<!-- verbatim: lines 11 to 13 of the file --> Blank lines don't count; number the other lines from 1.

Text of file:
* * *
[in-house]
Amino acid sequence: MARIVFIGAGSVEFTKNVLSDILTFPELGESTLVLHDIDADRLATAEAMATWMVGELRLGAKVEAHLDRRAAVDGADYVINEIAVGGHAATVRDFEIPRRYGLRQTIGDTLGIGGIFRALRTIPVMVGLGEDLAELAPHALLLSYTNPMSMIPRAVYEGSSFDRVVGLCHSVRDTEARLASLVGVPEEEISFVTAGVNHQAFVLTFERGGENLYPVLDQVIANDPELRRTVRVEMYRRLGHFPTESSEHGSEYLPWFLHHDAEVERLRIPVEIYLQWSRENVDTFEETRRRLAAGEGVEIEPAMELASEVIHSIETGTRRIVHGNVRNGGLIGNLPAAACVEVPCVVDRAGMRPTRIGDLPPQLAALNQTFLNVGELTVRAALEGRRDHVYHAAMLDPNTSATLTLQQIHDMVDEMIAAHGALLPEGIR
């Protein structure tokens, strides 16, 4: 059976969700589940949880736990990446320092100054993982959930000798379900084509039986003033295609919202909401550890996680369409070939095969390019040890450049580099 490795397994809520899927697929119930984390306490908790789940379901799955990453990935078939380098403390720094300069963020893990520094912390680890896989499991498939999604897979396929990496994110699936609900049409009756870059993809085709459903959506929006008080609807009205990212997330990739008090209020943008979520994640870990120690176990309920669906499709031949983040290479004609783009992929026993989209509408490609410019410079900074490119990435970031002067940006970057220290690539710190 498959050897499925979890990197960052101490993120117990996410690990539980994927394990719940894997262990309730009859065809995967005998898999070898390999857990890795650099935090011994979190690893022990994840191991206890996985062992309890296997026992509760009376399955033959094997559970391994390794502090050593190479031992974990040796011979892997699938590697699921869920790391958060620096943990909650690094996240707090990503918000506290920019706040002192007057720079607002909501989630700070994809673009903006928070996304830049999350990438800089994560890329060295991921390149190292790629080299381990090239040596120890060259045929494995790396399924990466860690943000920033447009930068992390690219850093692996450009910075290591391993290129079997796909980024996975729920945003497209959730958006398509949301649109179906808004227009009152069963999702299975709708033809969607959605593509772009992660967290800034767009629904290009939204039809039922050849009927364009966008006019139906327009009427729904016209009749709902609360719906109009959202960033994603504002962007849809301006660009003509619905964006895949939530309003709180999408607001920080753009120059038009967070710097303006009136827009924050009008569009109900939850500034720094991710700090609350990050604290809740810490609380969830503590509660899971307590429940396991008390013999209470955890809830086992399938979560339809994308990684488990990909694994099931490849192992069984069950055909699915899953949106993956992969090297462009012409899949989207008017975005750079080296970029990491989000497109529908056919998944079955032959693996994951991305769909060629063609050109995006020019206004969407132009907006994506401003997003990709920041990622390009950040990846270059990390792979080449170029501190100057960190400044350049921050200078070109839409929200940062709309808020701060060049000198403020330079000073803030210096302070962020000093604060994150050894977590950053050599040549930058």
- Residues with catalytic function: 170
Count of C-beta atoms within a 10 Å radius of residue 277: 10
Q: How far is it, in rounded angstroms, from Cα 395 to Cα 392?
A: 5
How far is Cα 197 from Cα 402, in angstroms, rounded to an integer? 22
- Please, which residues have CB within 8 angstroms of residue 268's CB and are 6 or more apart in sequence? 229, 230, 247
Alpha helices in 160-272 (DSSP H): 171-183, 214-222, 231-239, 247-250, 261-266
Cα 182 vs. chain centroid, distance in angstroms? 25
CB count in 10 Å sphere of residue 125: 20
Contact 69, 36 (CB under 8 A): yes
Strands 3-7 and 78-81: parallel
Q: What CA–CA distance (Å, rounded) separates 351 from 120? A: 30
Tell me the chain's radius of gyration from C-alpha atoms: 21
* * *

Cα 182 vs. chain centroid, distance in angstroms? 25
CB count in 10 Å sphere of residue 125: 20
Contact 69, 36 (CB under 8 A): yes